THE BED

A harsh and homely monosyllable,
Abrupt and musicless, and at its best
An inartistic object to the eye,
Yet in this brief and troubled life of man
How full of majesty the part it plays!
It is the cradle which receives the soul,
Naked and wailing, from the Maker's hand.
It is the throne of Love's enlightenment;
And when death offers back to God again
The borrowed spirit, this the holy shrine
From which the hills delectable are seen.
Through all the anxious journey to that goal
It is man's friend, physician, comforter.
When labor wearies, and when pleasure palls,
And the tired heart lets faith slip from its grasp,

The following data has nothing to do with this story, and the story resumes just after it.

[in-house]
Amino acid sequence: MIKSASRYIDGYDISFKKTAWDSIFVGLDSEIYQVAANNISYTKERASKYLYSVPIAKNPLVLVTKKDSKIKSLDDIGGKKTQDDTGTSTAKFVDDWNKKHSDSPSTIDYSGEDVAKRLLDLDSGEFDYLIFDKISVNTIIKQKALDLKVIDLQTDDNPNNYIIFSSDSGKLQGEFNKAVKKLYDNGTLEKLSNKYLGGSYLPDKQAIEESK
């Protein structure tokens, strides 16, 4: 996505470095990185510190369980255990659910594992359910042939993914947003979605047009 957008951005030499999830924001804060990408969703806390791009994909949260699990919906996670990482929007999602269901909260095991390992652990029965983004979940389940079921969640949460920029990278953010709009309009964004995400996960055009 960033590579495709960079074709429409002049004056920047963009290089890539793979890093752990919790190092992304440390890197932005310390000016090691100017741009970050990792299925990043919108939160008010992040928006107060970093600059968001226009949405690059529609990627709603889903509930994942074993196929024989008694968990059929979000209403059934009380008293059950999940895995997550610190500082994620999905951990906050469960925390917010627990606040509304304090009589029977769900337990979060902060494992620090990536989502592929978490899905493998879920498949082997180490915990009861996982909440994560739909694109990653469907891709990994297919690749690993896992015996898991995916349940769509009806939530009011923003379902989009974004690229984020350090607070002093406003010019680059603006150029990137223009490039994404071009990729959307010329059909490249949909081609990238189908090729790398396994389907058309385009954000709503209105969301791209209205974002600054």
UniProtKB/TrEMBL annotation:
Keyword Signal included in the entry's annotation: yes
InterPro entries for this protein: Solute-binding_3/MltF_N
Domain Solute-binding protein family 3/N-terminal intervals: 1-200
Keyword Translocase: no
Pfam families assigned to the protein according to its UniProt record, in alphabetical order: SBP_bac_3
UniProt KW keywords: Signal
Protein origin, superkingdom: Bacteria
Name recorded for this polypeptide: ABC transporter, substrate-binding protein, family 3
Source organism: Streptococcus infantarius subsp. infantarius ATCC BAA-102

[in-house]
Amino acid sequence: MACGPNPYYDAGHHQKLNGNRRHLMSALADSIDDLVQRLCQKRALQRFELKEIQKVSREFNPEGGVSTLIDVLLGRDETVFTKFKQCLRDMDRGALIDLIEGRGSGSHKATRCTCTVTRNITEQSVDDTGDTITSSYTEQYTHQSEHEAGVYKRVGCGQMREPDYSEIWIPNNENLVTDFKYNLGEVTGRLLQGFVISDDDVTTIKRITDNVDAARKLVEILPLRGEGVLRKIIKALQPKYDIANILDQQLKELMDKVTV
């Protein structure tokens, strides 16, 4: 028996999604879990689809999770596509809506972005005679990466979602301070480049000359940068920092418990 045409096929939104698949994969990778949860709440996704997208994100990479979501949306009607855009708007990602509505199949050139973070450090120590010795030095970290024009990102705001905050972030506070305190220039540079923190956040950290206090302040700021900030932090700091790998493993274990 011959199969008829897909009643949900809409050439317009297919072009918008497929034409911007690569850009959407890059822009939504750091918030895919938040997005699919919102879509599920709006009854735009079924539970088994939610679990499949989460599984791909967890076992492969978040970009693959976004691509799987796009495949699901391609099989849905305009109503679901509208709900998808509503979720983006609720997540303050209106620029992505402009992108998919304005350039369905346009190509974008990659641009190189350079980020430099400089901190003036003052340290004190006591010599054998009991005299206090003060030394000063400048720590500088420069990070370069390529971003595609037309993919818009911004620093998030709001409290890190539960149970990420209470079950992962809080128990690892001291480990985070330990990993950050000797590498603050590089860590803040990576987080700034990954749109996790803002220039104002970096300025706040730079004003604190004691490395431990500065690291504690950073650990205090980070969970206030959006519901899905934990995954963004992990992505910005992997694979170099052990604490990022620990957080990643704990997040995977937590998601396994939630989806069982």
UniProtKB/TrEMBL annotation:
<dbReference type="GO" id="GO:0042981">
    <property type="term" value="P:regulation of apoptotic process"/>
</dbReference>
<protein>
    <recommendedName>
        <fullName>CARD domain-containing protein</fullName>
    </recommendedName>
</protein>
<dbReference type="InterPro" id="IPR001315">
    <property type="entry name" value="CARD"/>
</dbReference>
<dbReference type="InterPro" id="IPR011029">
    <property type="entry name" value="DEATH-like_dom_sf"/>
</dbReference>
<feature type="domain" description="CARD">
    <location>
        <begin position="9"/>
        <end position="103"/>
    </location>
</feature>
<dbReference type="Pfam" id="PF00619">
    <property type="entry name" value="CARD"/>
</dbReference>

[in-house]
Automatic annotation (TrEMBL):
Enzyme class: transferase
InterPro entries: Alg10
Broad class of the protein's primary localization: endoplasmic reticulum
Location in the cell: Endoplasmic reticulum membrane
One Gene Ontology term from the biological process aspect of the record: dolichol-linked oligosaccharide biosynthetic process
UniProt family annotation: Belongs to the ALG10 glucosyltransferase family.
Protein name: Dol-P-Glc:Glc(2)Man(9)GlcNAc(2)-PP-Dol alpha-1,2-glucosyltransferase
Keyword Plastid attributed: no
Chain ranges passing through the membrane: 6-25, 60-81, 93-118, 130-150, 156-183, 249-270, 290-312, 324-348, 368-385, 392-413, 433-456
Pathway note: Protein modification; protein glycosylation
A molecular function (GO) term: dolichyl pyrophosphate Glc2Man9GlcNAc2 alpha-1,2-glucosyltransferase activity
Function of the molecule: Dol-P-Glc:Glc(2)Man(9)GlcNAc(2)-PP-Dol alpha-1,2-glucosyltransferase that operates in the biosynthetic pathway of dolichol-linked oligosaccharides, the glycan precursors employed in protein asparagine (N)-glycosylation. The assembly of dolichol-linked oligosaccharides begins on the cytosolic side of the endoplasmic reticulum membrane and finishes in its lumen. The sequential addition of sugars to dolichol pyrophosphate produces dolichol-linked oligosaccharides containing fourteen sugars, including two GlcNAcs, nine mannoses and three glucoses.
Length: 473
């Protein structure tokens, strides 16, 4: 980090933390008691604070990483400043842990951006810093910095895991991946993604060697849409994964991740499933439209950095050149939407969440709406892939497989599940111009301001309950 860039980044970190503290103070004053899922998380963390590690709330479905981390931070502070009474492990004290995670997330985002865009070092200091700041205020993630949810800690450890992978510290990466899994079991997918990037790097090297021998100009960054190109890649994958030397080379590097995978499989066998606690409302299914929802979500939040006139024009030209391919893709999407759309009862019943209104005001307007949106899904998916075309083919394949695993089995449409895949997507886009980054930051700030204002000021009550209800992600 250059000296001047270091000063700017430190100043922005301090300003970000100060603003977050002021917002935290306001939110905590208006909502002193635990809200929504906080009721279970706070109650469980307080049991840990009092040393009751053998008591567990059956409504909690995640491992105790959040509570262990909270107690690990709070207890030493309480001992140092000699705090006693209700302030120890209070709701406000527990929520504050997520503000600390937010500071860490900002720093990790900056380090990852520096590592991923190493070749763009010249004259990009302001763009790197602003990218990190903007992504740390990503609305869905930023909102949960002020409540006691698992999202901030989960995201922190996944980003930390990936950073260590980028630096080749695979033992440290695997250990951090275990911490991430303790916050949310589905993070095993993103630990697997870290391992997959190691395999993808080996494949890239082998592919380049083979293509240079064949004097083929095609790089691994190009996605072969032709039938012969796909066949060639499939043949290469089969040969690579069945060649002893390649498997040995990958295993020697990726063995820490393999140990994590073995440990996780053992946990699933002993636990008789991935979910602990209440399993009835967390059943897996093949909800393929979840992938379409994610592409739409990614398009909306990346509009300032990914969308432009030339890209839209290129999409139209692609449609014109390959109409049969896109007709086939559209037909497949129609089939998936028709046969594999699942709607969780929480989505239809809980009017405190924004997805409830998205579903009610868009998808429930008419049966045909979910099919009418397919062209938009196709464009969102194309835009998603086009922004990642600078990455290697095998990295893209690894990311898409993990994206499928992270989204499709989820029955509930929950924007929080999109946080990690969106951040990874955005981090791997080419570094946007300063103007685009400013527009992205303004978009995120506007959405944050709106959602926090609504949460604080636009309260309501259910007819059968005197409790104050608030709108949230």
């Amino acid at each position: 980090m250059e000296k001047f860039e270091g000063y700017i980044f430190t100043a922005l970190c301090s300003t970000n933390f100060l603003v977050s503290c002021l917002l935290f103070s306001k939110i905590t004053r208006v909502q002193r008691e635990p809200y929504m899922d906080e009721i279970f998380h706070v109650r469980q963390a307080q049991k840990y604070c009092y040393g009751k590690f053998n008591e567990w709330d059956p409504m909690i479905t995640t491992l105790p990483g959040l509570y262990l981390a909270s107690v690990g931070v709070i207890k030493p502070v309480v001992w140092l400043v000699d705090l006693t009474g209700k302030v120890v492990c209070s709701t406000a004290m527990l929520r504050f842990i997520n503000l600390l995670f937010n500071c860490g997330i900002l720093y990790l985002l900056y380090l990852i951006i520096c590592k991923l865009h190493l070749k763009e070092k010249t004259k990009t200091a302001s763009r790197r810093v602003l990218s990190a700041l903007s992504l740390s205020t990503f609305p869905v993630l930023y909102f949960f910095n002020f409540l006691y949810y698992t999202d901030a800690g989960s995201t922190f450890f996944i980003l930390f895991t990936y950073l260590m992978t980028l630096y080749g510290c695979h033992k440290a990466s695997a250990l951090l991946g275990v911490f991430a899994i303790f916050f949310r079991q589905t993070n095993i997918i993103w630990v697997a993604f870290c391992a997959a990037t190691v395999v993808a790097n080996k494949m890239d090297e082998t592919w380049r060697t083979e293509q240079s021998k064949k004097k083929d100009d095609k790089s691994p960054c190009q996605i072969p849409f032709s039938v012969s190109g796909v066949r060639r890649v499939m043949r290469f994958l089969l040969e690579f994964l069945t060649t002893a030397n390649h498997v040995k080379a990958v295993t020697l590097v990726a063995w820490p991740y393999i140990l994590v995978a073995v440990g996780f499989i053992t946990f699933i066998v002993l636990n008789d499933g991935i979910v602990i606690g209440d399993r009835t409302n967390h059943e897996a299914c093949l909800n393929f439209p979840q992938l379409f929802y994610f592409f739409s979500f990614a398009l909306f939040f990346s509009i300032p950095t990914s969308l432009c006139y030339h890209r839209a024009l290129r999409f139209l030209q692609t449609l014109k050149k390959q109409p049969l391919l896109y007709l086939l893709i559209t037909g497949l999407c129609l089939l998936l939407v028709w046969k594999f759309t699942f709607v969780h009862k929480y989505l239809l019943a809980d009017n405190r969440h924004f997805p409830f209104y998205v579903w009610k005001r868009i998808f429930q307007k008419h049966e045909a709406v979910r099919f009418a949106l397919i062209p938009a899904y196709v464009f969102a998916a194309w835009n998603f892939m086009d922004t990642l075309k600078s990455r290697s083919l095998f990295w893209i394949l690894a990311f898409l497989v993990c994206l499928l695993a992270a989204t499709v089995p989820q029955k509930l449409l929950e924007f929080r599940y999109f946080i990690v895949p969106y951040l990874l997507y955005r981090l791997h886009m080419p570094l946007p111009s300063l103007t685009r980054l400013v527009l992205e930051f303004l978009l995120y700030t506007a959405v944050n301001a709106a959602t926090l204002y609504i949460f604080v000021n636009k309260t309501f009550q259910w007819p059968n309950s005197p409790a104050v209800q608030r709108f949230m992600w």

'Tis here new courage and new strength are found,
While doubt and darkness change to hope and light.
It is the common ground between two spheres
Where man and angels meet and converse hold,
It is the confidant of hidden woe
Masked from the world beneath a smiling brow.
Into its silent breast young wakeful joy
Whispers its secret through the starlit hours,
And like a white-robed priestess, oft it hears
The wild confession of a crime-stained soul
That looks unflinching in the eyes of men.
A common word, a thing unbeautiful,
Yet in this brief, eventful life of man
How large and varied is the part it plays.

Poems of Power by Ella Wheeler Wilcox
Chicago : W. B. Conkey, 1902.


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